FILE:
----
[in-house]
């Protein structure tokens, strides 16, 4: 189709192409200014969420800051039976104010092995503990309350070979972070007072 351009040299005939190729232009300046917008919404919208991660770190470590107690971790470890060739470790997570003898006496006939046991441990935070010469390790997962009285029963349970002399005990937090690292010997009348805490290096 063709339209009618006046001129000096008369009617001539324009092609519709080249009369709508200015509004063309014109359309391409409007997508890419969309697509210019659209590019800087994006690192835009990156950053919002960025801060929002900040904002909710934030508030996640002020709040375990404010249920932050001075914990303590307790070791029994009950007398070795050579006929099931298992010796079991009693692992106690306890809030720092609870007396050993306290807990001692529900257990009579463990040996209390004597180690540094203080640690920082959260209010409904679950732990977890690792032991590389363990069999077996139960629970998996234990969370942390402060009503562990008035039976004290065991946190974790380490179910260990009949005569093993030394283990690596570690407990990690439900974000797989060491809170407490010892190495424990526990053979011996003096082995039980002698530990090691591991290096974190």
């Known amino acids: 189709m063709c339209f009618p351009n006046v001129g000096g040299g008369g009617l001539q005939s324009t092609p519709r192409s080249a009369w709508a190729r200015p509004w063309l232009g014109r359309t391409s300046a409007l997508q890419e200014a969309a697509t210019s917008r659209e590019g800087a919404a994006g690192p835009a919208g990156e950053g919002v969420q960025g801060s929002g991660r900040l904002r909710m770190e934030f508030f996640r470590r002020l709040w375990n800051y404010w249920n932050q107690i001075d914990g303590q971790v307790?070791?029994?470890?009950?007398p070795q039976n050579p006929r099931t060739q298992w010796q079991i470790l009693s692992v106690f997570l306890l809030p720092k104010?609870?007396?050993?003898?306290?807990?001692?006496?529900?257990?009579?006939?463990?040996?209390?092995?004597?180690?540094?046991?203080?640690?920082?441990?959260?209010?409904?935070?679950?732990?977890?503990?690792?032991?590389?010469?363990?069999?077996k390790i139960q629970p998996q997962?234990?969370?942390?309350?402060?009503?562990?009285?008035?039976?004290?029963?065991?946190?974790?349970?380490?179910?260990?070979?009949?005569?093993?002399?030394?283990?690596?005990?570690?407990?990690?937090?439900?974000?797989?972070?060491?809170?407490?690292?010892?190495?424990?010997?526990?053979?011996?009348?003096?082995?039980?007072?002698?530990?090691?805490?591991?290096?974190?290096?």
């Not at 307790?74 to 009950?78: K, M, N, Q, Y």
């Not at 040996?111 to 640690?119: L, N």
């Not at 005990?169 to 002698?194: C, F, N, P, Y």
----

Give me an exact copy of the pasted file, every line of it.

[in-house]
């Protein structure tokens, strides 16, 4: 189709192409200014969420800051039976104010092995503990309350070979972070007072 351009040299005939190729232009300046917008919404919208991660770190470590107690971790470890060739470790997570003898006496006939046991441990935070010469390790997962009285029963349970002399005990937090690292010997009348805490290096 063709339209009618006046001129000096008369009617001539324009092609519709080249009369709508200015509004063309014109359309391409409007997508890419969309697509210019659209590019800087994006690192835009990156950053919002960025801060929002900040904002909710934030508030996640002020709040375990404010249920932050001075914990303590307790070791029994009950007398070795050579006929099931298992010796079991009693692992106690306890809030720092609870007396050993306290807990001692529900257990009579463990040996209390004597180690540094203080640690920082959260209010409904679950732990977890690792032991590389363990069999077996139960629970998996234990969370942390402060009503562990008035039976004290065991946190974790380490179910260990009949005569093993030394283990690596570690407990990690439900974000797989060491809170407490010892190495424990526990053979011996003096082995039980002698530990090691591991290096974190």
């Known amino acids: 189709m063709c339209f009618p351009n006046v001129g000096g040299g008369g009617l001539q005939s324009t092609p519709r192409s080249a009369w709508a190729r200015p509004w063309l232009g014109r359309t391409s300046a409007l997508q890419e200014a969309a697509t210019s917008r659209e590019g800087a919404a994006g690192p835009a919208g990156e950053g919002v969420q960025g801060s929002g991660r900040l904002r909710m770190e934030f508030f996640r470590r002020l709040w375990n800051y404010w249920n932050q107690i001075d914990g303590q971790v307790?070791?029994?470890?009950?007398p070795q039976n050579p006929r099931t060739q298992w010796q079991i470790l009693s692992v106690f997570l306890l809030p720092k104010?609870?007396?050993?003898?306290?807990?001692?006496?529900?257990?009579?006939?463990?040996?209390?092995?004597?180690?540094?046991?203080?640690?920082?441990?959260?209010?409904?935070?679950?732990?977890?503990?690792?032991?590389?010469?363990?069999?077996k390790i139960q629970p998996q997962?234990?969370?942390?309350?402060?009503?562990?009285?008035?039976?004290?029963?065991?946190?974790?349970?380490?179910?260990?070979?009949?005569?093993?002399?030394?283990?690596?005990?570690?407990?990690?937090?439900?974000?797989?972070?060491?809170?407490?690292?010892?190495?424990?010997?526990?053979?011996?009348?003096?082995?039980?007072?002698?530990?090691?805490?591991?290096?974190?290096?």
């Not at 307790?74 to 009950?78: K, M, N, Q, Y």
């Not at 040996?111 to 640690?119: L, N």
């Not at 005990?169 to 002698?194: C, F, N, P, Y």